spring, Brown said. Brown has researched predictions from the National Weather Services for the next 90 days. He said he has not seen much indication of potential severity. Tornadoes are environment-based, though, not climate-based, so the presence of a tornado depends on factors like the stability of the air, Brown said. “The university risk manager is not a climate change denier in any way,” Brown said. “I have a full expectation for there to be changes in weather patterns over the next few years or over the next decade. Whether or not that’s going to manifest itself in 2018, I don’t know.” Although spring has begun, there still is risk of winter weather. Brown said students can make their own decisions about what “cold weather” means to them, but recommends layering up for any weather below 45 degrees because of the risk of wind chill. “The wind could kick it below 32, no problem, especially in Oklahoma where the winds come sweeping down the plains,” Brown said. He said it’s also important that students let him or facilities workers know if they see something dangerous on campus.

“That’s really what will keep us all safe is if we talk to each other and bring as many minds to the table as possible to really work together about concerns and issues our community has in terms of being weather aware,” Brown said. Students from out of state have expressed some concerns about weather, but most students feel secure in knowing how to stay safe. Rebekah Small, religion freshman, is from Texas. She said she expects severe weather, but she’s not too scared. “One of my roommates is from Oklahoma, so I feel like, if I’m with her, she’ll tell me what to do,” Small said. “I just know the basics.” Sydney Hagan, design and production sophomore, is also from Texas. She said dealing with the weather in Oklahoma has been an adjustment. “I’ve definitely learned to check the weather every morning before I get ready because often it’s completely different than it was the day before,” Hagan said. Hagan said there are some things that would make her feel more secure on campus. “I feel like making emergency shelters clear and having emergency procedures readily accessible could help ease lots of students who are unaccustomed to severe weather,” Hagan said. “I’ve lived in Methodist all year and actually have no idea where the emergency shelter we’re supposed to go to is.” A list of safety precautions, procedures and shelter locations, is available at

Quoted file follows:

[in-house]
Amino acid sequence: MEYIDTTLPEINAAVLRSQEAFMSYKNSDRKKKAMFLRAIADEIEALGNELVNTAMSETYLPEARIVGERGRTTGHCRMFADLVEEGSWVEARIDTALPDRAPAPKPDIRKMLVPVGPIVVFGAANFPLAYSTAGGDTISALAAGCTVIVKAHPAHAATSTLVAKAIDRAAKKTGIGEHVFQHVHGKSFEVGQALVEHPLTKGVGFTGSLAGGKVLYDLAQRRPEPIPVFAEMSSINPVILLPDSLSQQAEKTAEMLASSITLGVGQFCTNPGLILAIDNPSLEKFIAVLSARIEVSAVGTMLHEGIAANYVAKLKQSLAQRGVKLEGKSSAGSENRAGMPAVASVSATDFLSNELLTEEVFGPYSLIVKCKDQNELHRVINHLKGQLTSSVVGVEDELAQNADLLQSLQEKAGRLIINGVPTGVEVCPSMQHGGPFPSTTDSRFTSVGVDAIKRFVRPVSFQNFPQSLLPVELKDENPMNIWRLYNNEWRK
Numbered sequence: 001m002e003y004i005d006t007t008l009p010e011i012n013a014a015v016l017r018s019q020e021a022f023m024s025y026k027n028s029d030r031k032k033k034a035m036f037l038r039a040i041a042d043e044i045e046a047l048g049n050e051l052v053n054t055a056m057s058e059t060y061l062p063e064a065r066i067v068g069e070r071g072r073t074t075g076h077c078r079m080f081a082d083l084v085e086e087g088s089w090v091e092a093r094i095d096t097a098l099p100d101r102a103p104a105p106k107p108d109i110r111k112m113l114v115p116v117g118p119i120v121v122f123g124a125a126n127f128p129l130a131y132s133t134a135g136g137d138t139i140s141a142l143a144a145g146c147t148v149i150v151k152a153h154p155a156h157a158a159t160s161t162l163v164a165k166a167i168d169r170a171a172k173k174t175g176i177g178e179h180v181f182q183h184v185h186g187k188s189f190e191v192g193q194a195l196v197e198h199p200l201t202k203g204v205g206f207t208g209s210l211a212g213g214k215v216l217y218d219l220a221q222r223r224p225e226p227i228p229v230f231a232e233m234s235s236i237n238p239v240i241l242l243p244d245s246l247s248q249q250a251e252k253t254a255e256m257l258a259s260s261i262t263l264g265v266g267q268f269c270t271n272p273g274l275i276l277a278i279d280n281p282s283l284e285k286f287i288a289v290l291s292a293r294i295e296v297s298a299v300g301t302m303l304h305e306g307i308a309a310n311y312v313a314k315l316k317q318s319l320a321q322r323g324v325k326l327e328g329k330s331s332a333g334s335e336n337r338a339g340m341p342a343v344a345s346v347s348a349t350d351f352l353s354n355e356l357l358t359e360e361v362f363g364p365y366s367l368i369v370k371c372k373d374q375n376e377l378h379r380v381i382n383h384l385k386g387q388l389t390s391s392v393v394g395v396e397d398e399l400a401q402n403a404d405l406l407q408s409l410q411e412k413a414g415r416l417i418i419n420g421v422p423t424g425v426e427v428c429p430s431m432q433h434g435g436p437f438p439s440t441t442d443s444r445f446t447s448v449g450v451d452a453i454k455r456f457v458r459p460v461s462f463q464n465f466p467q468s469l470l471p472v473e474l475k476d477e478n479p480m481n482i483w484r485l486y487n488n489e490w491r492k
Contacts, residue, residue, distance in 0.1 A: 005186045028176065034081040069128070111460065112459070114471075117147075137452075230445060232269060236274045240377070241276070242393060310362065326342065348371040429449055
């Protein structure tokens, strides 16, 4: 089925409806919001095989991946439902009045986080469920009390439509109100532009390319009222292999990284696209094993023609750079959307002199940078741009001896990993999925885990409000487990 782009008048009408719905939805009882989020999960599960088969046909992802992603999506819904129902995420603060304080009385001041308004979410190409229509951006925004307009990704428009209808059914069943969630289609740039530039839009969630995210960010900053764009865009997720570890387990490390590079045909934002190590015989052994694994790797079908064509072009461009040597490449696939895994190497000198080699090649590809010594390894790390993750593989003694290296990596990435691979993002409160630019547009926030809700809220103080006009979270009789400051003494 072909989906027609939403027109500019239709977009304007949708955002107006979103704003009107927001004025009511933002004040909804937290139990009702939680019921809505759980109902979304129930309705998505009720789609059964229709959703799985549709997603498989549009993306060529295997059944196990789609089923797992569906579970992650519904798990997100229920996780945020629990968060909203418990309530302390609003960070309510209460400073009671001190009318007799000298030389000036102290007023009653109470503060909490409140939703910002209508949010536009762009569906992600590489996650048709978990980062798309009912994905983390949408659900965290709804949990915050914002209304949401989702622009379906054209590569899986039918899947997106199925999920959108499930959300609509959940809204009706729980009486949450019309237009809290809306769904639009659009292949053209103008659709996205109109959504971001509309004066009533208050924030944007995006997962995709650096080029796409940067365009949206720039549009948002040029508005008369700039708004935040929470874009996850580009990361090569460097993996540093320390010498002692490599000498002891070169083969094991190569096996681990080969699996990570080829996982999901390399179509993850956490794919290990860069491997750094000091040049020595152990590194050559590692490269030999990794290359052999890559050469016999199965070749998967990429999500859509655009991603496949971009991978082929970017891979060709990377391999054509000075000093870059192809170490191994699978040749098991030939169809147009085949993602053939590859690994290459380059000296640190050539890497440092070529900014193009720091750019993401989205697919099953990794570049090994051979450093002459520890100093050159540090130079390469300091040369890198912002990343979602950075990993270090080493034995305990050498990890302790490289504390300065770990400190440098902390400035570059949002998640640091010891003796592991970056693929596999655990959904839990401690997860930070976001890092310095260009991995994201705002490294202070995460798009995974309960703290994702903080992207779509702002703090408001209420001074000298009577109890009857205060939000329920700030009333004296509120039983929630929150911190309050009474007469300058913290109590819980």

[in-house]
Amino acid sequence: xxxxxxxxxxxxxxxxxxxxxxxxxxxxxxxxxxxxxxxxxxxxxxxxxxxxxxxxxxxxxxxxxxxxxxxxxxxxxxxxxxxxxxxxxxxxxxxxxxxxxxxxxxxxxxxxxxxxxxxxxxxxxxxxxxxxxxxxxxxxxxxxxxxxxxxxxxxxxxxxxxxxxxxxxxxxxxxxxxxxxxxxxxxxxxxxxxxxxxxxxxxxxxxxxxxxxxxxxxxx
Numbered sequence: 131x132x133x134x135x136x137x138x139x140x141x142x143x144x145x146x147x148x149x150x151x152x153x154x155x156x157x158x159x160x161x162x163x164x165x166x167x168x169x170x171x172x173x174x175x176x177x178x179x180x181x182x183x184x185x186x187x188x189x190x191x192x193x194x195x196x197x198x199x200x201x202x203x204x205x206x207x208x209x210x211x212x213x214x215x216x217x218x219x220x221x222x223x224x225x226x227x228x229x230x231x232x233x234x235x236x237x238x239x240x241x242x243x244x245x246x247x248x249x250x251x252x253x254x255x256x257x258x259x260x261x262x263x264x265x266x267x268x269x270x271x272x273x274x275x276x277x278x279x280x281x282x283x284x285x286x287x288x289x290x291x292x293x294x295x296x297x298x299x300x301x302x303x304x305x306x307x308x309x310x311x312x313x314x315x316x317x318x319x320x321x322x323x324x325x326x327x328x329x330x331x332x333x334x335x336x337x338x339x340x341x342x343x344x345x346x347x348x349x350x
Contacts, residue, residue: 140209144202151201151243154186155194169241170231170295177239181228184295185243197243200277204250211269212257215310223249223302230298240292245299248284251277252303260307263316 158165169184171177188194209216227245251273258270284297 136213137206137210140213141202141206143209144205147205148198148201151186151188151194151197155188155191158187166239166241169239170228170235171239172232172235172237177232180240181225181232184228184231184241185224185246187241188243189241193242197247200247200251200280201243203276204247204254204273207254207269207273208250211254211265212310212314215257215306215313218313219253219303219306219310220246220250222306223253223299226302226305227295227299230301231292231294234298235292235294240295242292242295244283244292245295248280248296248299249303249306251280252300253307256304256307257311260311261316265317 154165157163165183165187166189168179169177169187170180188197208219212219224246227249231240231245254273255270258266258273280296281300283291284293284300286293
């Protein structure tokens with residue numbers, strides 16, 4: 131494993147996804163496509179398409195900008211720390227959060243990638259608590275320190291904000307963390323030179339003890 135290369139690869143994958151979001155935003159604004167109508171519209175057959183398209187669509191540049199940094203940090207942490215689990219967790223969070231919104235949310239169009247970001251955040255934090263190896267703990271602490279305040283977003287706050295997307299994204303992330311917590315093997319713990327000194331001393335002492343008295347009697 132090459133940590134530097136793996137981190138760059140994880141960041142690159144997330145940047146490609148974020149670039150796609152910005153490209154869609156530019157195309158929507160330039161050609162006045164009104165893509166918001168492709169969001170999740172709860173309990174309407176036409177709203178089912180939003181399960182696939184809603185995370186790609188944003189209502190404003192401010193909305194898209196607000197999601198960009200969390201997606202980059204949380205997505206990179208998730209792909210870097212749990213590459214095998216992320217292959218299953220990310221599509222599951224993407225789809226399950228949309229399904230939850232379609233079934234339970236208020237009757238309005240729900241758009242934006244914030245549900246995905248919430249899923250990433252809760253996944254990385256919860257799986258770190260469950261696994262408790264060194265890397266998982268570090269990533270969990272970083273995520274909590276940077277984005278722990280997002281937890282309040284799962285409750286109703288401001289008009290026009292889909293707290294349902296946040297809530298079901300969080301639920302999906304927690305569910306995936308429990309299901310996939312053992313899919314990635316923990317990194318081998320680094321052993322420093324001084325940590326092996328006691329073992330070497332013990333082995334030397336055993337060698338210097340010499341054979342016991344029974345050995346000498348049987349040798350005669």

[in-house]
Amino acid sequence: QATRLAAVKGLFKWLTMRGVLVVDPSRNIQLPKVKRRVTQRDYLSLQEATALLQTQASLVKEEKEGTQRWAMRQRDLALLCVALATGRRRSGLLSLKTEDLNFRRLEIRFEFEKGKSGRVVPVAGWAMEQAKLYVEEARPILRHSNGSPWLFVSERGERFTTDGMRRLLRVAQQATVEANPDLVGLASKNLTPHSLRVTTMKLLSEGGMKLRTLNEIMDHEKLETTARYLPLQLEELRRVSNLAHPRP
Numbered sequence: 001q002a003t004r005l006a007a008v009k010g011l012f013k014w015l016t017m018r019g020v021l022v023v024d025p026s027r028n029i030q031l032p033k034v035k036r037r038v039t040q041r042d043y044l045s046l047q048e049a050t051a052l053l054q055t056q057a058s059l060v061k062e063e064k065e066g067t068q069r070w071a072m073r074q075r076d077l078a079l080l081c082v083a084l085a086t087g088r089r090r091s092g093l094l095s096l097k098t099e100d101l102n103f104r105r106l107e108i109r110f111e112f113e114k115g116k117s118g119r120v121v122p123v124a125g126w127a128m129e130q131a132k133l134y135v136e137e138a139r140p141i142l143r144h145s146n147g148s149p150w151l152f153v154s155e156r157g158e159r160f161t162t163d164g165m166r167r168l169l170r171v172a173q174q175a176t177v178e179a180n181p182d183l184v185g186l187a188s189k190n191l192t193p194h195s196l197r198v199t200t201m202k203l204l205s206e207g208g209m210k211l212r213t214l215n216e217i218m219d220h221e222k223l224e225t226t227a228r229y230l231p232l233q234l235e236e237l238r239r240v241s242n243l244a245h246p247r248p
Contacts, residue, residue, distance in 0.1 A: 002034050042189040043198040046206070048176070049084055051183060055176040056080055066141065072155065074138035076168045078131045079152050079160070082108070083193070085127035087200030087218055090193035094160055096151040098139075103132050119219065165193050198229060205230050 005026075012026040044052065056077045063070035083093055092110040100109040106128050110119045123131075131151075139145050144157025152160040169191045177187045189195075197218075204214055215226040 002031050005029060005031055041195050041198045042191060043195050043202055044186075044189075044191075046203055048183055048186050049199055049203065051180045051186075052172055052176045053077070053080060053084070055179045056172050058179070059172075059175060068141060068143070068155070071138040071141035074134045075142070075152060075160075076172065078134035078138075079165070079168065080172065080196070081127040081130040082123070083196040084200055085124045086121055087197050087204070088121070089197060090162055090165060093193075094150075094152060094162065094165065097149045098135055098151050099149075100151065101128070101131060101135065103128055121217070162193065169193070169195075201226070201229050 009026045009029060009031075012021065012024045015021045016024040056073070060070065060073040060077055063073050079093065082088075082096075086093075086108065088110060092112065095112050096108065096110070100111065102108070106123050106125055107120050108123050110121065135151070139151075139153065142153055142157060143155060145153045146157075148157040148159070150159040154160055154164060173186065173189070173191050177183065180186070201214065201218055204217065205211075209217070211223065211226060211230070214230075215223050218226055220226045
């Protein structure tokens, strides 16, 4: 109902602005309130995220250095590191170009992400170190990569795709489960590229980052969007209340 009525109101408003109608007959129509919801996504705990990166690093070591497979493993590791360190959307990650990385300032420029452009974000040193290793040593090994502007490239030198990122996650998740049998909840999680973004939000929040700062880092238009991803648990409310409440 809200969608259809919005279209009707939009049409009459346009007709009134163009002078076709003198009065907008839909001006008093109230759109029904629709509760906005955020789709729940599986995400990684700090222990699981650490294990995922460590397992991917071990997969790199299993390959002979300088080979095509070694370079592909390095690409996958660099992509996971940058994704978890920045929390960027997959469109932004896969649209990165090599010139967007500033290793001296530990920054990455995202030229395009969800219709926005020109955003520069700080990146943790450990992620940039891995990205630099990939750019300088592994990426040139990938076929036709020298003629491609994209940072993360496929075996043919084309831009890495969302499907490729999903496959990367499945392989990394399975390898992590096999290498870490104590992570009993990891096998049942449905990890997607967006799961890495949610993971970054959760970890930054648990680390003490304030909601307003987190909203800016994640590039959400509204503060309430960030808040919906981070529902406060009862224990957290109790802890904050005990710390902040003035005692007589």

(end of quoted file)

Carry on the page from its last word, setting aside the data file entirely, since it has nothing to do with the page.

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Students need more safety information, practice The best way to stay safe in dangerous situations is to know emergency procedures. University officials provide materials to learn about procedures, but they don’t always communicate them in effective ways. Students should research the procedures to stay aware, but officials also should communicate them more clearly. An Emergency Resource Guide is located in every classroom on campus. The guide contains instructions on how to react in case of fires, hazmat spills, floods, tornadoes, and active shooter situations. As severe weather season begins, it is important to know what to do in case of tornadoes or high-speed winds. Students should “proceed to the nearest interior room at the lowest level of the building” or a tornado shelter, and close the door, according to the guide. There are 17 emergency shelter locations on campus, including Tom and Brenda McDan-

iel University Center, which is open 24/7. People should remain in the shelter until campus police or the Oklahoma City fire department announce that it is safe to leave. See Page 1 for more information on severe weather. Officials are working with a mass communications class to create an informational video explaining the correct procedures in active shooter situations. The three main points to remember are to either evacuate, hide out or take action against the shooter. The order of the steps depends on each person’s situation, though. The Emergency Resource Guide emphasizes to “determine the most reasonable way to protect your own life.” When evacuating, find an accessible and safe escape path and call campus police at 405208-5911 when safe. Hide out if evacuation is not possible, making sure to lock and bar-